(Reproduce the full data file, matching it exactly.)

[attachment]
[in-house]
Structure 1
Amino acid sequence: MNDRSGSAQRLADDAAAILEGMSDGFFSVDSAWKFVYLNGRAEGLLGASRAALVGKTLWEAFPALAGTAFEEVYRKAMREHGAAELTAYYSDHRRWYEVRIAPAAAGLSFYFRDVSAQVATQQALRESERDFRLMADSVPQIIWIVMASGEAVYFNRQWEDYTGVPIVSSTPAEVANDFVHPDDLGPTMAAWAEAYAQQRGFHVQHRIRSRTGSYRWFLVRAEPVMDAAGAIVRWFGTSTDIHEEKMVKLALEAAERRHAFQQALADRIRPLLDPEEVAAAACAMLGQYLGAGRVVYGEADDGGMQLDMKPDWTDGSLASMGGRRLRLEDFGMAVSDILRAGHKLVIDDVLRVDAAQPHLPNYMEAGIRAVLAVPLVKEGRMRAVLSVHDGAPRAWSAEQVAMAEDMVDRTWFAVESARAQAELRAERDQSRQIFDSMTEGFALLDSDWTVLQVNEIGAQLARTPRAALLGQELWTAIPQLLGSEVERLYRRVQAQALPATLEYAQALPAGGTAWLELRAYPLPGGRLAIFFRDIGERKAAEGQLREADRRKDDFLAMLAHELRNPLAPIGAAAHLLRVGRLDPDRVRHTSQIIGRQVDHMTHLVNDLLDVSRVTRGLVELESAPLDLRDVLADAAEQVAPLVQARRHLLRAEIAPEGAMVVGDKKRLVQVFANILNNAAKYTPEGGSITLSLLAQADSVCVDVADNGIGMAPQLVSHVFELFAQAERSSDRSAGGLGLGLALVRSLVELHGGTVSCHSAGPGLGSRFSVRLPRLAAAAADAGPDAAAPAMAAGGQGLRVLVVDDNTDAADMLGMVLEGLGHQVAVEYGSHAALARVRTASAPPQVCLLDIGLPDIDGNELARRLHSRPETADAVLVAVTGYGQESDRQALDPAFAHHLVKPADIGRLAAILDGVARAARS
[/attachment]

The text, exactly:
[in-house]
Structure 1
Amino acid sequence: MNDRSGSAQRLADDAAAILEGMSDGFFSVDSAWKFVYLNGRAEGLLGASRAALVGKTLWEAFPALAGTAFEEVYRKAMREHGAAELTAYYSDHRRWYEVRIAPAAAGLSFYFRDVSAQVATQQALRESERDFRLMADSVPQIIWIVMASGEAVYFNRQWEDYTGVPIVSSTPAEVANDFVHPDDLGPTMAAWAEAYAQQRGFHVQHRIRSRTGSYRWFLVRAEPVMDAAGAIVRWFGTSTDIHEEKMVKLALEAAERRHAFQQALADRIRPLLDPEEVAAAACAMLGQYLGAGRVVYGEADDGGMQLDMKPDWTDGSLASMGGRRLRLEDFGMAVSDILRAGHKLVIDDVLRVDAAQPHLPNYMEAGIRAVLAVPLVKEGRMRAVLSVHDGAPRAWSAEQVAMAEDMVDRTWFAVESARAQAELRAERDQSRQIFDSMTEGFALLDSDWTVLQVNEIGAQLARTPRAALLGQELWTAIPQLLGSEVERLYRRVQAQALPATLEYAQALPAGGTAWLELRAYPLPGGRLAIFFRDIGERKAAEGQLREADRRKDDFLAMLAHELRNPLAPIGAAAHLLRVGRLDPDRVRHTSQIIGRQVDHMTHLVNDLLDVSRVTRGLVELESAPLDLRDVLADAAEQVAPLVQARRHLLRAEIAPEGAMVVGDKKRLVQVFANILNNAAKYTPEGGSITLSLLAQADSVCVDVADNGIGMAPQLVSHVFELFAQAERSSDRSAGGLGLGLALVRSLVELHGGTVSCHSAGPGLGSRFSVRLPRLAAAAADAGPDAAAPAMAAGGQGLRVLVVDDNTDAADMLGMVLEGLGHQVAVEYGSHAALARVRTASAPPQVCLLDIGLPDIDGNELARRLHSRPETADAVLVAVTGYGQESDRQALDPAFAHHLVKPADIGRLAAILDGVARAARS